Money Market Fund Reforms
By Ina Bendaj, Senior, Assurance Services
Money market funds play a pivotal role in the financial markets, offering investors a safe and liquid way to park their cash while earning modest returns. They invest in short-term, high-quality securities such as Treasury bills and commercial paper, making them a popular choice for investors seeking both safety and liquidity. In March 2020, economic concerns about the impact of the COVID-19 pandemic led investors to reallocate their assets into cash and short-term government securities. Prime and tax-exempt money market funds, particularly institutional funds, experienced large outflows, which contributed to stress on short-term funding markets.
On July 12, 2023, the SEC issued a release adopting rule and form amendments concerning money market funds under the 1940 Act1. The amendments are intended to address problems experienced by certain money market funds in connection with the economic shock at the onset of the COVID-19 pandemic.
The amendments are designed to improve the resilience and transparency of money market funds by:
- Increasing minimum liquidity requirements to provide a more substantial buffer in the event of rapid redemptions
- Removing provisions from the current rule that permit a money fund to temporarily suspend redemptions and removing the regulatory tie between the imposition of liquidity fees and a fund’s liquidity level
- Requiring certain money market funds to implement a liquidity fee and a framework that will better allocate the costs of providing liquidity to redeeming investors and
- Enhancing certain reporting requirements to improve the Commission’s ability to monitor and assess money market fund data.
The main changes effected by the Release on July 12, 2023 are listed below:
Increase of the Minimum Daily and Weekly Liquidity Requirements
The amendments will increase the minimum liquidity requirements for money market funds to at least 25 percent of a fund’s total assets in daily liquid assets and at least 50 percent of a fund’s total assets in weekly liquid assets. These amendments will provide a more substantial buffer to better equip money market funds to manage significant and rapid investor redemptions in stressed market conditions while maintaining funds’ flexibility to invest in diverse assets during normal market conditions.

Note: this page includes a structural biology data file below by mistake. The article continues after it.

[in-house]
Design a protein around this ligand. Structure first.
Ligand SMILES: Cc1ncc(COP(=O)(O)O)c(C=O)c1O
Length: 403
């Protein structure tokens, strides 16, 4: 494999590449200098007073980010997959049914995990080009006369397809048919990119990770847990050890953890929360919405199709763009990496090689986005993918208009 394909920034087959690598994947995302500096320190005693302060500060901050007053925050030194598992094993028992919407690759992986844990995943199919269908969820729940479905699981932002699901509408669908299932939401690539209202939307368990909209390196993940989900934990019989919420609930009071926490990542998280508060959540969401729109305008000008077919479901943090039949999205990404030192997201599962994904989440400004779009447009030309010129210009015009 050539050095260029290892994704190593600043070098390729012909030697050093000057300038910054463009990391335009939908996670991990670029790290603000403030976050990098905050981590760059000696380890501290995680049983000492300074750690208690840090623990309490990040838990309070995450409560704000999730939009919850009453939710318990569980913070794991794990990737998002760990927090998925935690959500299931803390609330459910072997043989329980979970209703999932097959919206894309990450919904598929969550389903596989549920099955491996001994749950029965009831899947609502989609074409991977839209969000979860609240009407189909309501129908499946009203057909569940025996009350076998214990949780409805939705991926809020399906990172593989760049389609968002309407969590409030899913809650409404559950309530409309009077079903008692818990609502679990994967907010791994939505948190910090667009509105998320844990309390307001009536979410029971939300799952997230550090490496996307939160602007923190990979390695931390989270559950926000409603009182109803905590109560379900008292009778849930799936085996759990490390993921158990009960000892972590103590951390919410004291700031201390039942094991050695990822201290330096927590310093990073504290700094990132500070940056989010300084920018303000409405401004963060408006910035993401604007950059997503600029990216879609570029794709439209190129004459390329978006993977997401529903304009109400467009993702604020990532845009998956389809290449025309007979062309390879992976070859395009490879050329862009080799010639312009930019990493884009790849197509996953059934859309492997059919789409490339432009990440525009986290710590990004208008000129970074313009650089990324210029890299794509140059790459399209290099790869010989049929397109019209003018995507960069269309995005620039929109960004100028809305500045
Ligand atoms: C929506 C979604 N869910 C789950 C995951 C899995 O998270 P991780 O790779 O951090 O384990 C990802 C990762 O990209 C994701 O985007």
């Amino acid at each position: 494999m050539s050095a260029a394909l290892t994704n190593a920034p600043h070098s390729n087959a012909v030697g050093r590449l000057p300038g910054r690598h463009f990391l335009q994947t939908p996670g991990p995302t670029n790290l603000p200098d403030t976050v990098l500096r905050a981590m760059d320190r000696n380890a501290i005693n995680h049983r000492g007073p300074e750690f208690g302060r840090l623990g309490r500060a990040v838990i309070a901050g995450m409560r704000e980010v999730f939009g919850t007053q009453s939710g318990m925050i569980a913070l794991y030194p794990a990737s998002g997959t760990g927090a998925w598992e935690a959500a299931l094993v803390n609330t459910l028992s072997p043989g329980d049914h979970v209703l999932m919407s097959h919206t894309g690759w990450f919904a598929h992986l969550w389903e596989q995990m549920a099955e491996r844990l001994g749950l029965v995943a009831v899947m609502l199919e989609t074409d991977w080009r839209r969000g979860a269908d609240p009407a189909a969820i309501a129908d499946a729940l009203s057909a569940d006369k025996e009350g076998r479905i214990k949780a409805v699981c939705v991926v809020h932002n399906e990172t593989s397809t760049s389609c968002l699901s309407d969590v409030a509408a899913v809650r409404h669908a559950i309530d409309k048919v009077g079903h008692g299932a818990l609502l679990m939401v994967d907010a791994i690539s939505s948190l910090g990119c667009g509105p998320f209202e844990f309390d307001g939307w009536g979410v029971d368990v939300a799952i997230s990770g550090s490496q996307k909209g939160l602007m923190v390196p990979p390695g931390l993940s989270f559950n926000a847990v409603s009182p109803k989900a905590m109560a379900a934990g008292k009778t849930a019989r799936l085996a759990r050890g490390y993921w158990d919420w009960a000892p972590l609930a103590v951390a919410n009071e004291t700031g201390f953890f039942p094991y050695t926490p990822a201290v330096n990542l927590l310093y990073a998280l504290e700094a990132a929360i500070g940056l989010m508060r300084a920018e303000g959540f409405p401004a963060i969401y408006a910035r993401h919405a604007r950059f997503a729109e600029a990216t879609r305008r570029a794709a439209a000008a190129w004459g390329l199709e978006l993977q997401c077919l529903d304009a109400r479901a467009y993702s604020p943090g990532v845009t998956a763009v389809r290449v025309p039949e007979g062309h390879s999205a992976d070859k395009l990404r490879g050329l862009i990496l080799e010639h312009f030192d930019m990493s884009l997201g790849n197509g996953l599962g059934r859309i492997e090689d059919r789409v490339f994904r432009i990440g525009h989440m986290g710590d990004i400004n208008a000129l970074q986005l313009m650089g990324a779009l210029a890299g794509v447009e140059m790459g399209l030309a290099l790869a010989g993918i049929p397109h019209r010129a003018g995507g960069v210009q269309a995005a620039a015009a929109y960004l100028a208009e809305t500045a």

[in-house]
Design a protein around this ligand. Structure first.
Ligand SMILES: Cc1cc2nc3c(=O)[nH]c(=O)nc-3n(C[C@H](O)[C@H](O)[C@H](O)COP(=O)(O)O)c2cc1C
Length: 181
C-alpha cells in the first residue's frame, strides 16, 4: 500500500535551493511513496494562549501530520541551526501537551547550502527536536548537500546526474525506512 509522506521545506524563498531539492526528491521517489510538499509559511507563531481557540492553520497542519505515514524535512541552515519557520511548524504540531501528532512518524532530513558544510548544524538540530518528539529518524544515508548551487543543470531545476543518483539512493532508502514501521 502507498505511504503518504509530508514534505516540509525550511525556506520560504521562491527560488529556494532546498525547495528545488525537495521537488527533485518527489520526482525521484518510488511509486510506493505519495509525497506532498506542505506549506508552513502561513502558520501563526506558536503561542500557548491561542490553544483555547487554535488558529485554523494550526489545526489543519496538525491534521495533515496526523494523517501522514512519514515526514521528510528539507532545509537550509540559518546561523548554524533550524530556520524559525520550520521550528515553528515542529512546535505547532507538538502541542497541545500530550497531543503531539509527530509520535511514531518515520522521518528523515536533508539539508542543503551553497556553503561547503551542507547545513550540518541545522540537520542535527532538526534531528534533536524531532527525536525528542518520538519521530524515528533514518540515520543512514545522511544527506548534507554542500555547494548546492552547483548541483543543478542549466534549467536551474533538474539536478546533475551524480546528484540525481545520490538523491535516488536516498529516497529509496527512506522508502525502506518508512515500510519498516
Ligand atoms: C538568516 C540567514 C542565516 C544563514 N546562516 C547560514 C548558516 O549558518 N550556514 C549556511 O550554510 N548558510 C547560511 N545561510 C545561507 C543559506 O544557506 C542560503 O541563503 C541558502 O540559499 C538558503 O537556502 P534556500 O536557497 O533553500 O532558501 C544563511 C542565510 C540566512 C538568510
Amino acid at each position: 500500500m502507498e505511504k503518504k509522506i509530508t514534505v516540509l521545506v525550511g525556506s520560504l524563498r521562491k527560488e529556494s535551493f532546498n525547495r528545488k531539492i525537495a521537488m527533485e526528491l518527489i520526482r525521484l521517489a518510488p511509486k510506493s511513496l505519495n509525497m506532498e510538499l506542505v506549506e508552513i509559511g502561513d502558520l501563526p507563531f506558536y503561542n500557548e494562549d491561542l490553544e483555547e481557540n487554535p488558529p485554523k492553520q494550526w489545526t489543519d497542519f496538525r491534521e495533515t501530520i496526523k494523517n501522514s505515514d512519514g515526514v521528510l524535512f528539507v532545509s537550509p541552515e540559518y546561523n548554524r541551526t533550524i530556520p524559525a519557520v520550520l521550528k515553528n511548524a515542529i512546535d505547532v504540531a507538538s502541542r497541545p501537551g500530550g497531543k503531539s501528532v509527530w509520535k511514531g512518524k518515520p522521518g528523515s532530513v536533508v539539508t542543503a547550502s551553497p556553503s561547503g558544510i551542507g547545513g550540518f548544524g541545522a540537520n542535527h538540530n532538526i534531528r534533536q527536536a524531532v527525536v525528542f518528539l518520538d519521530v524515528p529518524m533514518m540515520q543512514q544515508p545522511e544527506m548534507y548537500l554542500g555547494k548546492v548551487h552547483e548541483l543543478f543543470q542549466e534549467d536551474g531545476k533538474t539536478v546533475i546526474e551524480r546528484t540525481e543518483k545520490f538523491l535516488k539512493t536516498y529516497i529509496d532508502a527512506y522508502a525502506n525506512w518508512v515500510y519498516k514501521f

Elimination of Redemption Gates
The amendments will remove money market funds’ ability to impose temporary gates to suspend redemptions. They will also remove the regulatory tie that permits money market funds to charge liquidity fees if their weekly liquid assets fall below a certain threshold. These changes will reduce the risk of investor runs on money market funds during periods of market stress.
Liquidity Fee Requirement
The amendments will require institutional prime and institutional tax-exempt money market funds to impose mandatory liquidity fees when a fund experiences daily net redemptions that exceed 5 percent of net assets unless the fund’s liquidity costs are de minimis. In addition, non-government money market funds must impose a discretionary liquidity fee if the fund’s board (or its delegate) determines that a fee is in the fund’s best interest. The amended liquidity fee framework is designed to protect remaining shareholders from dilution and to allocate costs more fairly so that redeeming shareholders bear the costs of redeeming from the fund when liquidity in underlying short-term funding markets is costly.
Under the amendments, retail and government money market funds may handle a negative interest rate environment either by converting from a stable share price to a floating share price or by reducing the number of shares outstanding to maintain a stable net asset value per share, subject to certain board determinations and disclosures to investors. The amendments will also modify certain reporting forms to reflect the amendments to the regulatory framework for money market funds. Changing the reporting requirements will improve transparency and facilitate Commission monitoring of money market funds. In addition, the Commission adopted amendments to Form PF, the confidential reporting form for certain SEC-registered investment advisers to private funds, to require additional information regarding the liquidity funds they advise that is generally aligned with the amended reporting for money market funds. The Commission proposed these amendments in January 2022.
The rule amendments will become effective 60 days after publication in the Federal Register. The reporting form amendments will become effective June 11, 2024. The Commission is adopting a tiered approach to the transition periods for the other final amendments. The Commission has provided a six-month transition period for funds to comply with certain amendments, including the minimum portfolio liquidity requirements and the discretionary liquidity fee provision. Funds will have twelve months after the effective date to comply with the amended rule’s mandatory liquidity fee provision.
- “SEC.gov | SEC Adopts Money Market Fund Reforms and Amendments to Form PF Reporting Requirements for Large Liquidity Fund Advisers.” www.sec.gov, www.sec.gov/news/press-release/2023-129. Accessed 21 Sept. 2023.